Clinton The Musical posits that there are two Bill Clintons: one is a sax-playing scoundrel who bears a resemblance to Tom Cruise’s Maverick (Matt Dyktynski), and the other is a level headed presidential man who ushered in a near unparalleled era of economic prosperity and stability (Simon Burke). It’s a trite and easy notion, but in the context of a show where the only criteria for each ditty or scene seems to be “Will the audience find this delightful?” it’s fitting. And, for the most part, Clinton The Musical will be found by the audience to be a delightful time.

The inherent delight is fuelled by an exceedingly well-told story that expertly masks its lack of insightful commentary with a sharp witted script and exuberant musical numbers (Monica’s Song is easily the catchiest. In fact I’m humming it as I’m writing this). The conceit that there are two Bill Clintons adds a hefty dose of comedy in the right places – presidential Bill Clinton catches scoundrel Bill Clinton receiving a blow job from Monica Lewinsky, hilarious! – but it’s Lisa Adam who walks away with Clinton The Musical with her turn as a cunning and complex Hillary Clinton. She’s given some of the wackiest of wacky material, with one scene casually revealing that she’s an actual witch, another of her breaking the fourth wall, and then another of her screaming “I have an erection!” But then you reach the point in the story where she finds out that her husband cheated on her, and Lisa Adam brings it down to earth without breaking the cartoony tone. It’s a terrific performance.

It’s too bad that the performances weren’t terrific across the board. Brenden Hanson and Luke Hewitt are a couple of players in Capitol Hill who attempt to block Clinton’s proposals. They’re the opposition, the villains if you will. They’re undoubtedly reminiscent of the bad guys from the Adam West Batman television show except not funny and incongruent with the rest of the characters here who have one foot in the absurd and one foot in the real; with these two there is only the absurd, there is only the ridiculous. Some members of the audience reacted uproariously to their scenes, so they made a specific choice that will work for some. But I must confess that I was bewildered and confused by what they were doing.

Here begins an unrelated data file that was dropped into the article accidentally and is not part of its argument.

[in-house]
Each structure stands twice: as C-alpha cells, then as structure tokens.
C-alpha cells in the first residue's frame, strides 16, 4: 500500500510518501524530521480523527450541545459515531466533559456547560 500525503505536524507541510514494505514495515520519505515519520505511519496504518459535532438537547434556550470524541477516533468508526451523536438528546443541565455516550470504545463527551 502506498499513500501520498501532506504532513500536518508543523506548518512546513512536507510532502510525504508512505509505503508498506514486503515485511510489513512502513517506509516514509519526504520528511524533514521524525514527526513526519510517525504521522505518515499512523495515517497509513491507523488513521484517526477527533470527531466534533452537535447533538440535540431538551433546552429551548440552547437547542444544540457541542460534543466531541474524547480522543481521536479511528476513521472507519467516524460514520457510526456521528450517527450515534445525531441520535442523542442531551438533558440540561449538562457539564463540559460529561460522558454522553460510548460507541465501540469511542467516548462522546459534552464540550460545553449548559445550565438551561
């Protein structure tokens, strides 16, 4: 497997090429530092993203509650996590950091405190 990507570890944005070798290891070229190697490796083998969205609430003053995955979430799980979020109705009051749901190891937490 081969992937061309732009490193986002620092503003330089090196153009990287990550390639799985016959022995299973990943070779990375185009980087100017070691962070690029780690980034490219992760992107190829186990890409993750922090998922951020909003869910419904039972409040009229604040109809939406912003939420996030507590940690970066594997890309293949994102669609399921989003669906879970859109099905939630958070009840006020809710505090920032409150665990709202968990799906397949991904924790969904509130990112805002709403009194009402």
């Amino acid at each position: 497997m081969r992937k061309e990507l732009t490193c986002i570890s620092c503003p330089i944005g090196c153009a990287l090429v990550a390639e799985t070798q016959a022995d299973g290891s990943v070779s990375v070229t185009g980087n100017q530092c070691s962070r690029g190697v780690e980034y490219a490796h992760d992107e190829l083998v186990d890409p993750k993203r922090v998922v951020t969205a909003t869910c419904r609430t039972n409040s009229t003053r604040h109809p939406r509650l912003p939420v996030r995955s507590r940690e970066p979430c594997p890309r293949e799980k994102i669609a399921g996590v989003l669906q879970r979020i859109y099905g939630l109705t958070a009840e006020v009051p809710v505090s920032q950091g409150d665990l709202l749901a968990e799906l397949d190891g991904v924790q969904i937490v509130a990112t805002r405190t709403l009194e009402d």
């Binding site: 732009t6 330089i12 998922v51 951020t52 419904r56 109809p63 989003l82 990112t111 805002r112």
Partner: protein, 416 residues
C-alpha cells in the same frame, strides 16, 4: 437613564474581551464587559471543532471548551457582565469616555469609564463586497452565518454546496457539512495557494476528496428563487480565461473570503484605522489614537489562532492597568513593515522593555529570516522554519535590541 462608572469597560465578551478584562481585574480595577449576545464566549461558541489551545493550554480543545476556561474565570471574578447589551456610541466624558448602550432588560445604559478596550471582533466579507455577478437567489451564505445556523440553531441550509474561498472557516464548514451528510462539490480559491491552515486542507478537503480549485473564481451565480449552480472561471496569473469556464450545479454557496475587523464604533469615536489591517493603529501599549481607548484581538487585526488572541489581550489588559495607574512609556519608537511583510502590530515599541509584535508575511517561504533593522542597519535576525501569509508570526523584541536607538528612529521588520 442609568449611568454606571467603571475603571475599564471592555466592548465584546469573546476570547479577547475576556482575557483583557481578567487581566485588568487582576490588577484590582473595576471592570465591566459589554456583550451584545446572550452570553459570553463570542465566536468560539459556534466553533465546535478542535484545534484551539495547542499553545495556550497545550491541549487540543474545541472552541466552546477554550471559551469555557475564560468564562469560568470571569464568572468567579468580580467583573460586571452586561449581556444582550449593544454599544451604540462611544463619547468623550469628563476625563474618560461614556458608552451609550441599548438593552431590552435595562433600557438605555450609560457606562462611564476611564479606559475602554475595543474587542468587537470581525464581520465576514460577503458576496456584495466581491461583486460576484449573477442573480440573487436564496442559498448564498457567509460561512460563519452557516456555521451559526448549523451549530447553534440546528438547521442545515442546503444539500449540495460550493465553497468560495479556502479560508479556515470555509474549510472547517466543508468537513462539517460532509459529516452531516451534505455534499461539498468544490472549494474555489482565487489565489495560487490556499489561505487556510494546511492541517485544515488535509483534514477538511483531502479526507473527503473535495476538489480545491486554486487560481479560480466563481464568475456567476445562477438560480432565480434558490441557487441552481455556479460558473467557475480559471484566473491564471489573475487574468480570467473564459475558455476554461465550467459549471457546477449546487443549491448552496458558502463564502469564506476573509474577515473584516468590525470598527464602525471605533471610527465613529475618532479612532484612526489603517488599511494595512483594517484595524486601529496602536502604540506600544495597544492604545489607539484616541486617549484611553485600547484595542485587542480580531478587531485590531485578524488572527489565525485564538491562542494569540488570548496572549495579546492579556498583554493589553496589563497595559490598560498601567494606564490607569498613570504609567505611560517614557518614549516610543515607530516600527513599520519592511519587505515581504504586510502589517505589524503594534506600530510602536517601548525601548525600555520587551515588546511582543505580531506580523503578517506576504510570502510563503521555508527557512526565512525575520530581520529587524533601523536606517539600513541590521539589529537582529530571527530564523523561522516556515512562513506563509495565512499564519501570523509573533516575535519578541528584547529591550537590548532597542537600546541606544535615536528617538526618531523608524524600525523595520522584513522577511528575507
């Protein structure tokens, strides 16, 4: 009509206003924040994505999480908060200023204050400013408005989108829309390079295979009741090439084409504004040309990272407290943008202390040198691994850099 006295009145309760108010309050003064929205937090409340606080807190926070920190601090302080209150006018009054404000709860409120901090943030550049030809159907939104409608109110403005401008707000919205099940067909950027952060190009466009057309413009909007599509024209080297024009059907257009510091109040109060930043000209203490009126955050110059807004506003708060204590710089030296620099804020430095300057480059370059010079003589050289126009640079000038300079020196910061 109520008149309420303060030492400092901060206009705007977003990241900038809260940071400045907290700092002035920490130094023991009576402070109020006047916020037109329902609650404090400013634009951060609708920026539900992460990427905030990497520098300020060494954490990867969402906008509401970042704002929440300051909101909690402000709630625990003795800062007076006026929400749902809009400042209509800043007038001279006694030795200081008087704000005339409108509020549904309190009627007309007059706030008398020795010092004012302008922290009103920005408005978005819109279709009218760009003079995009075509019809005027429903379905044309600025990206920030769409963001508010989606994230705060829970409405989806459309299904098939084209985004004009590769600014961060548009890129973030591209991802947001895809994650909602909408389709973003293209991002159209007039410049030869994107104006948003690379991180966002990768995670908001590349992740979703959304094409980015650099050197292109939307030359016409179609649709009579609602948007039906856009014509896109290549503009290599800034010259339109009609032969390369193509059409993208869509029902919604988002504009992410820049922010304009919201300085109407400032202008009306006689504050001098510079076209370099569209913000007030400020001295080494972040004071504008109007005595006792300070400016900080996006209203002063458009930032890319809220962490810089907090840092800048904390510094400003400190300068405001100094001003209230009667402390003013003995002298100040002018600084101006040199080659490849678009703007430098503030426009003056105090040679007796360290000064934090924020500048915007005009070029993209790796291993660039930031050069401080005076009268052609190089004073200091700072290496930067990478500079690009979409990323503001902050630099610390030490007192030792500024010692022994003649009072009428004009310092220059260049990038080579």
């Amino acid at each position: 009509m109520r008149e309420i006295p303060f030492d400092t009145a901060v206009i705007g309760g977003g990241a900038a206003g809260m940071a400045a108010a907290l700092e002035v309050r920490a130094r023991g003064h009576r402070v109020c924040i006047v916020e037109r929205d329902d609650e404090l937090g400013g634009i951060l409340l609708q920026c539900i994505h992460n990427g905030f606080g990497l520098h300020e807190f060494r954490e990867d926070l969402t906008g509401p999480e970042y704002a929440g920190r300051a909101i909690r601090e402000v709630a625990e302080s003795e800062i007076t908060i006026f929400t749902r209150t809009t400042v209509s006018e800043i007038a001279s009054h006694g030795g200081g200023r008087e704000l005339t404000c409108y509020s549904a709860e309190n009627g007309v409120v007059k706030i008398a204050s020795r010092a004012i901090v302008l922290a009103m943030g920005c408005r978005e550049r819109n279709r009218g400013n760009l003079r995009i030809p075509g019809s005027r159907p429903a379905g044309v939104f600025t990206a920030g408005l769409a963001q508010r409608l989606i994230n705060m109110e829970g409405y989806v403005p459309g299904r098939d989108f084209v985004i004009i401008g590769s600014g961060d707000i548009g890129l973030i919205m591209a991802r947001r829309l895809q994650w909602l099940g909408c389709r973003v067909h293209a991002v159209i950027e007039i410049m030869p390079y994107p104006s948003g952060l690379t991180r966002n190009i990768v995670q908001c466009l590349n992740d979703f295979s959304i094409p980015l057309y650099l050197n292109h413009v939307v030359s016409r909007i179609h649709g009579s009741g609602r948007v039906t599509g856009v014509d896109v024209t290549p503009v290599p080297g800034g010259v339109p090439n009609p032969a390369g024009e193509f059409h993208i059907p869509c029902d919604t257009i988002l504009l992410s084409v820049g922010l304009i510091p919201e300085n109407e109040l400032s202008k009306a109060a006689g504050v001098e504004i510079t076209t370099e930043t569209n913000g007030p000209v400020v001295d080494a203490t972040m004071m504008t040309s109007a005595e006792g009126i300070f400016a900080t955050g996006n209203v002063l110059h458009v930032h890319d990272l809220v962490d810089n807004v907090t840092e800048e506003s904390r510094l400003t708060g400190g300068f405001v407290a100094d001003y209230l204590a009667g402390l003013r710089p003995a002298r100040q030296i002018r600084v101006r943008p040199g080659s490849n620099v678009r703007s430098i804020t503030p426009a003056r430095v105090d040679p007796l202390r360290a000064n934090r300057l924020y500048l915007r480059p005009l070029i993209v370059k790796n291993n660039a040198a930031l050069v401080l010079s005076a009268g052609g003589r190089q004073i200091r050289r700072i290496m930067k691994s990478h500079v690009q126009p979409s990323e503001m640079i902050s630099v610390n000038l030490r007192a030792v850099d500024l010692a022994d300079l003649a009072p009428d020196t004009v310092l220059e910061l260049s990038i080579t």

The set design by Bruce McKinven is a marvel, even by the standards of a Black Swan production. The set is a revolving and convincing replica of the White House, with the dome containing the band and the bottom depicting the main action at the president’s office. Not only does it all look great, but it keeps a welcome distance between the musicians and the actors too. The trade-off is that the set is so gargantuan that it doesn’t allow for much dynamic choreography. But for something that’s as resplendent as this replica White House? I, along with most everyone else, will take it. Although, the lighting was sadly a little inconsistent. The colours were appropriate (red, white, and blue. What else?) yet they saturated the stage at seemingly random times – sometimes it was appropriate for enhancing the mood of the scene, sometimes it was an unmotivated eye-sore.

Clinton The Musical isn’t as artistically coherent as previous Black Swan productions, yet it’s the most fun you’re likely to have at the theatre. If you approach it on its terms as a gaudy and bawdy show and not as a scathing indictment on Capitol Hill, there is much here to revel in.

Clinton The Musical will be showing at the Heath Ledger Theatre until September 11.